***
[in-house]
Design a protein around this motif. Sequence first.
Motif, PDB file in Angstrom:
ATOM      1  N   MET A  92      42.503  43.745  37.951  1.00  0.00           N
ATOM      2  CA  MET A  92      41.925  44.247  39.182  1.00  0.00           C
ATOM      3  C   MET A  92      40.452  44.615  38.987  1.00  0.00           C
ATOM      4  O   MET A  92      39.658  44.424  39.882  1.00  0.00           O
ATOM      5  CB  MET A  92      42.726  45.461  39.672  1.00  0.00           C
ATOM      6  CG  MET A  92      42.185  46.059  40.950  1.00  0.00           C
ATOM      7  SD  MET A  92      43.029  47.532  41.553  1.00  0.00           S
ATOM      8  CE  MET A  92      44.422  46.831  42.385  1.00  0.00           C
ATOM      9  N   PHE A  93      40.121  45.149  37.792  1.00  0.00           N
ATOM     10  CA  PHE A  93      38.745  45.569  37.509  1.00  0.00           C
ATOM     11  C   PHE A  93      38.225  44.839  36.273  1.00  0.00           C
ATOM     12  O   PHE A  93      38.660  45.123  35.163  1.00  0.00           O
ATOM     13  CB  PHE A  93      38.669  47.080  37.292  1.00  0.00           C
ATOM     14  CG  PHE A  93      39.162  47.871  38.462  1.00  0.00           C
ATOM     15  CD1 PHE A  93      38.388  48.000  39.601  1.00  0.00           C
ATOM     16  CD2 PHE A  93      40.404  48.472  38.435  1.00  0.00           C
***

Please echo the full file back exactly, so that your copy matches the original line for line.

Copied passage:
[in-house]
Design a protein around this motif. Sequence first.
Motif, PDB file in Angstrom:
ATOM      1  N   MET A  92      42.503  43.745  37.951  1.00  0.00           N
ATOM      2  CA  MET A  92      41.925  44.247  39.182  1.00  0.00           C
ATOM      3  C   MET A  92      40.452  44.615  38.987  1.00  0.00           C
ATOM      4  O   MET A  92      39.658  44.424  39.882  1.00  0.00           O
ATOM      5  CB  MET A  92      42.726  45.461  39.672  1.00  0.00           C
ATOM      6  CG  MET A  92      42.185  46.059  40.950  1.00  0.00           C
ATOM      7  SD  MET A  92      43.029  47.532  41.553  1.00  0.00           S
ATOM      8  CE  MET A  92      44.422  46.831  42.385  1.00  0.00           C
ATOM      9  N   PHE A  93      40.121  45.149  37.792  1.00  0.00           N
ATOM     10  CA  PHE A  93      38.745  45.569  37.509  1.00  0.00           C
ATOM     11  C   PHE A  93      38.225  44.839  36.273  1.00  0.00           C
ATOM     12  O   PHE A  93      38.660  45.123  35.163  1.00  0.00           O
ATOM     13  CB  PHE A  93      38.669  47.080  37.292  1.00  0.00           C
ATOM     14  CG  PHE A  93      39.162  47.871  38.462  1.00  0.00           C
ATOM     15  CD1 PHE A  93      38.388  48.000  39.601  1.00  0.00           C
ATOM     16  CD2 PHE A  93      40.404  48.472  38.435  1.00  0.00           C